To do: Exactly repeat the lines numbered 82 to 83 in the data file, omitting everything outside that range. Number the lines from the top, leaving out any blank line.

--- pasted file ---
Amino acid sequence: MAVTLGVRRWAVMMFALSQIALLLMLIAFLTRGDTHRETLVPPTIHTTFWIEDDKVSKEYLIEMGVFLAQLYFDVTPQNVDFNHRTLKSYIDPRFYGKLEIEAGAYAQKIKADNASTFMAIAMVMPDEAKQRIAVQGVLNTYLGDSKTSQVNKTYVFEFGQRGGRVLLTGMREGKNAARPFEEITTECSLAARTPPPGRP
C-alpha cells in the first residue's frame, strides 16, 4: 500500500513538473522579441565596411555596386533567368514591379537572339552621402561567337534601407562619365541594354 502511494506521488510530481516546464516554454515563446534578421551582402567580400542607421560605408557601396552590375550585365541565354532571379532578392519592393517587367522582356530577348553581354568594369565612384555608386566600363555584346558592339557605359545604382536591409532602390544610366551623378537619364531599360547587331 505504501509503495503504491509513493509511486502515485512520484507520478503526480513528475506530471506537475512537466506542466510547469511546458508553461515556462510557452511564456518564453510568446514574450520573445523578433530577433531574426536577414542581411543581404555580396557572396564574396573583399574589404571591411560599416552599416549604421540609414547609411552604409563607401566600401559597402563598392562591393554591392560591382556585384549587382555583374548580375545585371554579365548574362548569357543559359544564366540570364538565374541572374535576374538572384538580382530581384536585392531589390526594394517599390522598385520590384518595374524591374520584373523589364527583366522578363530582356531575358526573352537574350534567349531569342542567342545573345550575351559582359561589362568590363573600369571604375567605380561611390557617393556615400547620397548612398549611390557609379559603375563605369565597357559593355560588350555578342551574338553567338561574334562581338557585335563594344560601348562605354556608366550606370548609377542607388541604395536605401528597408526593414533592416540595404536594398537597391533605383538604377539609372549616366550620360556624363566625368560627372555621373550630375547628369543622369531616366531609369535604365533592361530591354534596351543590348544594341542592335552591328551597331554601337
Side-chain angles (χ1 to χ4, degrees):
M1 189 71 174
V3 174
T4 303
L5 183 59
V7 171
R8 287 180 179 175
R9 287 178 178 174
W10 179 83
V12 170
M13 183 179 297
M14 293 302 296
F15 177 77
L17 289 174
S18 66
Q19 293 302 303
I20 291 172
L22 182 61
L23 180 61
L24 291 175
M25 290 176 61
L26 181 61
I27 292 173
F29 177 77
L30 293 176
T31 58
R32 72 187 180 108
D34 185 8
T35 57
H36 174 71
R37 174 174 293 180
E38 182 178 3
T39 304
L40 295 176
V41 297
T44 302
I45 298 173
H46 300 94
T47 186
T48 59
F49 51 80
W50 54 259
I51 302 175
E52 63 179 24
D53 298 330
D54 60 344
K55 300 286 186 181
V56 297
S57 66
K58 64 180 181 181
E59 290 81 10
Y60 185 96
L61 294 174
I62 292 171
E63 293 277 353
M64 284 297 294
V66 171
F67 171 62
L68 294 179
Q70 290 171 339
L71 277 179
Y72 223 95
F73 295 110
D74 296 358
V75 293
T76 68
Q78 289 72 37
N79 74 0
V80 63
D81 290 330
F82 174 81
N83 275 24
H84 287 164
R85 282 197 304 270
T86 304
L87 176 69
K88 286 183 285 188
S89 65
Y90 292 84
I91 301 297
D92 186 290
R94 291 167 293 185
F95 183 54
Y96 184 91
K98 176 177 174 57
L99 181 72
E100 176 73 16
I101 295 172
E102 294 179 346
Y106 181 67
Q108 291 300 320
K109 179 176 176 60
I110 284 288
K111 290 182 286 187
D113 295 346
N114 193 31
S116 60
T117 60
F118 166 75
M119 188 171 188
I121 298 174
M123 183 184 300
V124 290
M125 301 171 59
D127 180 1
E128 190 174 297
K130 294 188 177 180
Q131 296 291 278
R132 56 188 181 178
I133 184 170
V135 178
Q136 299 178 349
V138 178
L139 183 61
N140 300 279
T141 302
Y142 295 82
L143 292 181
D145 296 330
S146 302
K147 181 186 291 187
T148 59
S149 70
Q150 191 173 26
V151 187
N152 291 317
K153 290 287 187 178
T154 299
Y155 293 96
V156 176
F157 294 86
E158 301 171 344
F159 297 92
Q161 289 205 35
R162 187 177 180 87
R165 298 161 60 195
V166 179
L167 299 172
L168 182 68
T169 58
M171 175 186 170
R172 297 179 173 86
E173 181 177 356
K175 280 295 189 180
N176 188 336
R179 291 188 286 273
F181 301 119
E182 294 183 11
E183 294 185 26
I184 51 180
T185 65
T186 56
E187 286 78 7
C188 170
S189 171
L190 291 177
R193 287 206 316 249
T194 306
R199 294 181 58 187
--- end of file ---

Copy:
I91 301 297
D92 186 290